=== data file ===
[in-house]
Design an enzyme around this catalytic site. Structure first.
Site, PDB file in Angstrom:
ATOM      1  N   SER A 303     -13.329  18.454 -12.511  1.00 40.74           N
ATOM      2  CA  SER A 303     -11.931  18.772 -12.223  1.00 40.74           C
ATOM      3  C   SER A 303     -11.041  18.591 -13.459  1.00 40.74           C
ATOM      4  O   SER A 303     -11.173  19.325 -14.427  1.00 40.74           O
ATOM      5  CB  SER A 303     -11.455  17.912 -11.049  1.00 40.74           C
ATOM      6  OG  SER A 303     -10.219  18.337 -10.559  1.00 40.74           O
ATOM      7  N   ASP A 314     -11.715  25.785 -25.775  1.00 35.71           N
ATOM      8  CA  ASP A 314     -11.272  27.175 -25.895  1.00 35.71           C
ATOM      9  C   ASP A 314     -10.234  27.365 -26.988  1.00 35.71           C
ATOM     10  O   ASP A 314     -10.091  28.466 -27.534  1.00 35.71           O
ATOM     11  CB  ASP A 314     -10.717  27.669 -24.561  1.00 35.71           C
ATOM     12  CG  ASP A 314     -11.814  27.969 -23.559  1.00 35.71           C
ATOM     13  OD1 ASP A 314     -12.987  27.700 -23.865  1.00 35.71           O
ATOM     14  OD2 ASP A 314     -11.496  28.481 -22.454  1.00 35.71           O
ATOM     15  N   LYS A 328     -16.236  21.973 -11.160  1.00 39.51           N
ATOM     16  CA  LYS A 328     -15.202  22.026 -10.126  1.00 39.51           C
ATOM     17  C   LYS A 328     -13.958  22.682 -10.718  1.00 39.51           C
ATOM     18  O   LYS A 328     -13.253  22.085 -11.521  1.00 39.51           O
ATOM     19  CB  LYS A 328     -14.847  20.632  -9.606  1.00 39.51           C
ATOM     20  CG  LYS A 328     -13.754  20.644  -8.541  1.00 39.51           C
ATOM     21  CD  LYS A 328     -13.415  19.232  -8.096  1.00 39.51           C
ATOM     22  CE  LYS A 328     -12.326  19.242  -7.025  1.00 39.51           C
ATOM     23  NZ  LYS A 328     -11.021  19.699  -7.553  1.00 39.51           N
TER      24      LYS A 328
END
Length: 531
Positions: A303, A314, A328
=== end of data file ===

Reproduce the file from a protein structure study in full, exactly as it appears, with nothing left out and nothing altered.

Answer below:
[in-house]
Design an enzyme around this catalytic site. Structure first.
Site, PDB file in Angstrom:
ATOM      1  N   SER A 303     -13.329  18.454 -12.511  1.00 40.74           N
ATOM      2  CA  SER A 303     -11.931  18.772 -12.223  1.00 40.74           C
ATOM      3  C   SER A 303     -11.041  18.591 -13.459  1.00 40.74           C
ATOM      4  O   SER A 303     -11.173  19.325 -14.427  1.00 40.74           O
ATOM      5  CB  SER A 303     -11.455  17.912 -11.049  1.00 40.74           C
ATOM      6  OG  SER A 303     -10.219  18.337 -10.559  1.00 40.74           O
ATOM      7  N   ASP A 314     -11.715  25.785 -25.775  1.00 35.71           N
ATOM      8  CA  ASP A 314     -11.272  27.175 -25.895  1.00 35.71           C
ATOM      9  C   ASP A 314     -10.234  27.365 -26.988  1.00 35.71           C
ATOM     10  O   ASP A 314     -10.091  28.466 -27.534  1.00 35.71           O
ATOM     11  CB  ASP A 314     -10.717  27.669 -24.561  1.00 35.71           C
ATOM     12  CG  ASP A 314     -11.814  27.969 -23.559  1.00 35.71           C
ATOM     13  OD1 ASP A 314     -12.987  27.700 -23.865  1.00 35.71           O
ATOM     14  OD2 ASP A 314     -11.496  28.481 -22.454  1.00 35.71           O
ATOM     15  N   LYS A 328     -16.236  21.973 -11.160  1.00 39.51           N
ATOM     16  CA  LYS A 328     -15.202  22.026 -10.126  1.00 39.51           C
ATOM     17  C   LYS A 328     -13.958  22.682 -10.718  1.00 39.51           C
ATOM     18  O   LYS A 328     -13.253  22.085 -11.521  1.00 39.51           O
ATOM     19  CB  LYS A 328     -14.847  20.632  -9.606  1.00 39.51           C
ATOM     20  CG  LYS A 328     -13.754  20.644  -8.541  1.00 39.51           C
ATOM     21  CD  LYS A 328     -13.415  19.232  -8.096  1.00 39.51           C
ATOM     22  CE  LYS A 328     -12.326  19.242  -7.025  1.00 39.51           C
ATOM     23  NZ  LYS A 328     -11.021  19.699  -7.553  1.00 39.51           N
TER      24      LYS A 328
END
Length: 531
Positions: A303, A314, A328